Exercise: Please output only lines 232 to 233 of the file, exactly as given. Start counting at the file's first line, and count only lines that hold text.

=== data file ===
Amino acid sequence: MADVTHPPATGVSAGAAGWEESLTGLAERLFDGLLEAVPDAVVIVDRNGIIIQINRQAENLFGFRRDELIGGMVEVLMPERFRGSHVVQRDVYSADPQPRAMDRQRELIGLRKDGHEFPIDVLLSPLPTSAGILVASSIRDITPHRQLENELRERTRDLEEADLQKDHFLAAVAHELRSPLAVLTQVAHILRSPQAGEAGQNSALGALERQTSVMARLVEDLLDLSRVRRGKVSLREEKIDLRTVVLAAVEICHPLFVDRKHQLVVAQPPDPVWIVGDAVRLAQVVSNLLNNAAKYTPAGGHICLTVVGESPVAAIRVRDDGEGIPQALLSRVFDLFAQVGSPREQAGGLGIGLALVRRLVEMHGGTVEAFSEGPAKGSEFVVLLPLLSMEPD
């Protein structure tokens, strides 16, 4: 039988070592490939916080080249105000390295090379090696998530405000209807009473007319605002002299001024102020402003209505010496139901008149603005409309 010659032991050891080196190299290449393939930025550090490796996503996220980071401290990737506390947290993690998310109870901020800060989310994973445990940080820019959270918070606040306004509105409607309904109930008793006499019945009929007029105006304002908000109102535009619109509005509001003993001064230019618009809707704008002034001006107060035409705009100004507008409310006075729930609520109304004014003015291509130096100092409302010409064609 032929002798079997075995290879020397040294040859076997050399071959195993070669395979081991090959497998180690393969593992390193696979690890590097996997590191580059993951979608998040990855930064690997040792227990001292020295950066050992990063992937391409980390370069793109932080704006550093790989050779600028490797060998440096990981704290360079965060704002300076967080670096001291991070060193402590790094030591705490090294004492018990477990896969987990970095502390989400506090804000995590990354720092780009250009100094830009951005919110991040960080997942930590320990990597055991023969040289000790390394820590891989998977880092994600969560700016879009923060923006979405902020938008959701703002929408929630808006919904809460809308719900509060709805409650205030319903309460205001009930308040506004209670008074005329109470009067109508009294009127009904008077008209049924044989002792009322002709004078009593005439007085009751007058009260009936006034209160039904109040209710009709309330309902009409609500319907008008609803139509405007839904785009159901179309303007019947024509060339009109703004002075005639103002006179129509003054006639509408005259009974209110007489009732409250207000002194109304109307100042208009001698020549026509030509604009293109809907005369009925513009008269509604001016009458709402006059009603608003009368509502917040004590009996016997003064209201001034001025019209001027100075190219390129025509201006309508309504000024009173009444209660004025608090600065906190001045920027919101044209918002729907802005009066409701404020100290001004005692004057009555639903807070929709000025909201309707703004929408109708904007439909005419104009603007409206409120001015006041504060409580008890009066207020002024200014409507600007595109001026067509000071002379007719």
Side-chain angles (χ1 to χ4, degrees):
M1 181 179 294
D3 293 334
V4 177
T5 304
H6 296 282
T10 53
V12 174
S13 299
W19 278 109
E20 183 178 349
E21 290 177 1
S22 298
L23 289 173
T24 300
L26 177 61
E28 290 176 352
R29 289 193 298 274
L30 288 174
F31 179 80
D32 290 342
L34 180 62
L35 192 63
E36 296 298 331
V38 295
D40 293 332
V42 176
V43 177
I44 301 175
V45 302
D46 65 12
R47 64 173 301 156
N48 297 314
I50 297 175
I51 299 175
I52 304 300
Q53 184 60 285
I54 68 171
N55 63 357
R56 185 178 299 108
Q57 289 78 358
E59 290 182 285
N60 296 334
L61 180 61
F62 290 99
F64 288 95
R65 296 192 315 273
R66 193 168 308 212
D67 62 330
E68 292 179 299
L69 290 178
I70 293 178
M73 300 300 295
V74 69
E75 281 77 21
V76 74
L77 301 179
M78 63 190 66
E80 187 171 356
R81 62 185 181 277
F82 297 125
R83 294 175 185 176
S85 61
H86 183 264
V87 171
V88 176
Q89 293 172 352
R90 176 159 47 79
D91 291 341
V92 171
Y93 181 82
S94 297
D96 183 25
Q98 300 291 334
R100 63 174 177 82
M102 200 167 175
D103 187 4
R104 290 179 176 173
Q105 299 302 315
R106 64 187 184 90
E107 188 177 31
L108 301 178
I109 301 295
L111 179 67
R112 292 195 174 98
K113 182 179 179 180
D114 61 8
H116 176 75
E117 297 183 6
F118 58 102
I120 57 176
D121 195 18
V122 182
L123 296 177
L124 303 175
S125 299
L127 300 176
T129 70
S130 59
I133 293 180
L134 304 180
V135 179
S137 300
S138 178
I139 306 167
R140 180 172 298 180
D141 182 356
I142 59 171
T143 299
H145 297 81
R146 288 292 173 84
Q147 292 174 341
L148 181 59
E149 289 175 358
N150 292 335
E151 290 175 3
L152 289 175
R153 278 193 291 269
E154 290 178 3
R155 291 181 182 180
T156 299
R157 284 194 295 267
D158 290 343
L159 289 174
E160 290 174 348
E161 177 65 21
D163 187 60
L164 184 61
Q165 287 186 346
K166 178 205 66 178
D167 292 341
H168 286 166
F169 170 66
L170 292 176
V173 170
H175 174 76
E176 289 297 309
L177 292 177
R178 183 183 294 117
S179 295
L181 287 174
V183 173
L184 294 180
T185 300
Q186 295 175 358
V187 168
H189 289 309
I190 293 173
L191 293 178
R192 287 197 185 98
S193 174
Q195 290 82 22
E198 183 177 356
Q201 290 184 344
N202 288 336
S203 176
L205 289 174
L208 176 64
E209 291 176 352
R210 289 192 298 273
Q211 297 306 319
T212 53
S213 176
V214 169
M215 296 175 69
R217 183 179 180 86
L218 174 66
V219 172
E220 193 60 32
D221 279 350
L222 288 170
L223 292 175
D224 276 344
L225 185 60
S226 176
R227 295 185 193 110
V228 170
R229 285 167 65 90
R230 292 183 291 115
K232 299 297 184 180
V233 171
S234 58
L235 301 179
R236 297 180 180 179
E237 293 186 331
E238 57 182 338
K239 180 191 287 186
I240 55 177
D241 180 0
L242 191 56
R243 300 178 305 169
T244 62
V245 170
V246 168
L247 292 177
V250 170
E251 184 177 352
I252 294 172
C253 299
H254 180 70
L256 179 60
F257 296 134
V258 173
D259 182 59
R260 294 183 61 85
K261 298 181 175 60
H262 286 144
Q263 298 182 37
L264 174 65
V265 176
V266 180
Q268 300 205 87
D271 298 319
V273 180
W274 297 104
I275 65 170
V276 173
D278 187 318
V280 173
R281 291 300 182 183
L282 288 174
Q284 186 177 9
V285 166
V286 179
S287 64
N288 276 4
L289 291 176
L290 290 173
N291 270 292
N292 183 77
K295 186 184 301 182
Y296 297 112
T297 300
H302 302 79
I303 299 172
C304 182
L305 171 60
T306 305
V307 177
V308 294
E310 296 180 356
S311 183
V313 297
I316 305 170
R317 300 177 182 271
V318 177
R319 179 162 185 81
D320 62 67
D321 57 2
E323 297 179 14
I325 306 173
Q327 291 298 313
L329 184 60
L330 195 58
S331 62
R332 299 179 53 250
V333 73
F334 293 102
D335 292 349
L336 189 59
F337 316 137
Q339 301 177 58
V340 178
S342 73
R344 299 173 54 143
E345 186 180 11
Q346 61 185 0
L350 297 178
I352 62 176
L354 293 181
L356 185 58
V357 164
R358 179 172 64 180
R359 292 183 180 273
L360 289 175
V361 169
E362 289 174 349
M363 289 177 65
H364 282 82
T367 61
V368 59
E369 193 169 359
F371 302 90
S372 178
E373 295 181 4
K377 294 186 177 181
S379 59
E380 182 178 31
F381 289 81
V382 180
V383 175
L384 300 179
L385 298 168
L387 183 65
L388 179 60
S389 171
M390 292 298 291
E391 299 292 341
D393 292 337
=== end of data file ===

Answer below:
N292 183 77
K295 186 184 301 182